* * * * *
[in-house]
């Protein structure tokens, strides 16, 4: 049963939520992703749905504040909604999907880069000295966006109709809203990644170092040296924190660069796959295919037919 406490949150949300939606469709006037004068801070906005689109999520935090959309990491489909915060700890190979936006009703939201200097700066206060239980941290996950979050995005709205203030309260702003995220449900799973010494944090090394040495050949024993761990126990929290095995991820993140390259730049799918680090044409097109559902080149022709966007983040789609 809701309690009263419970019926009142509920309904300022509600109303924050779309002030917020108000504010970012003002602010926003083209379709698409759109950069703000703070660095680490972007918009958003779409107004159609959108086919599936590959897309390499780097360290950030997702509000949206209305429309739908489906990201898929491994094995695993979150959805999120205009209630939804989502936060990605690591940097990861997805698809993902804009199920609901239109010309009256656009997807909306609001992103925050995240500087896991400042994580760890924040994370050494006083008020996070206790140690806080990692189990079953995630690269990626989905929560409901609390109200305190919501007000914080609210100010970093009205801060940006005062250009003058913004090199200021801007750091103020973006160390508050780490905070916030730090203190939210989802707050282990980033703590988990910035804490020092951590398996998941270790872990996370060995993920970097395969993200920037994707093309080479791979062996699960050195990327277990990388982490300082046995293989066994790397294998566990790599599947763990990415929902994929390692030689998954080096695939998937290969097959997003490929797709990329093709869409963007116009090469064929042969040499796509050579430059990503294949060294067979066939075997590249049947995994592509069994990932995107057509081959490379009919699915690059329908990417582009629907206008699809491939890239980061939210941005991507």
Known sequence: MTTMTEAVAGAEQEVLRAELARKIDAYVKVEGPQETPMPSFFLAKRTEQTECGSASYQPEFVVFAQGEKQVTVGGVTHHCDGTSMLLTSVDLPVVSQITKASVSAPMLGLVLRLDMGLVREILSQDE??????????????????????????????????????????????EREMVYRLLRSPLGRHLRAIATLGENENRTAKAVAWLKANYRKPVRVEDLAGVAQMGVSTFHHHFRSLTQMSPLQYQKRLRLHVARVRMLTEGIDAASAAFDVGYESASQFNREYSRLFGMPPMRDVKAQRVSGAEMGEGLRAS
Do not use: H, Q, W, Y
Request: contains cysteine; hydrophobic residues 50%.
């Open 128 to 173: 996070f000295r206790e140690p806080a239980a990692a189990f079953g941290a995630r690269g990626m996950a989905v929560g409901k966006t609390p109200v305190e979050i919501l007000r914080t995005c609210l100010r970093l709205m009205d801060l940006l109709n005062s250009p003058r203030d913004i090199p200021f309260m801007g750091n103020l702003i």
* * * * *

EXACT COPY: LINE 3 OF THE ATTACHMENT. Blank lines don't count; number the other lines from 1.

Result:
Known sequence: MTTMTEAVAGAEQEVLRAELARKIDAYVKVEGPQETPMPSFFLAKRTEQTECGSASYQPEFVVFAQGEKQVTVGGVTHHCDGTSMLLTSVDLPVVSQITKASVSAPMLGLVLRLDMGLVREILSQDE??????????????????????????????????????????????EREMVYRLLRSPLGRHLRAIATLGENENRTAKAVAWLKANYRKPVRVEDLAGVAQMGVSTFHHHFRSLTQMSPLQYQKRLRLHVARVRMLTEGIDAASAAFDVGYESASQFNREYSRLFGMPPMRDVKAQRVSGAEMGEGLRAS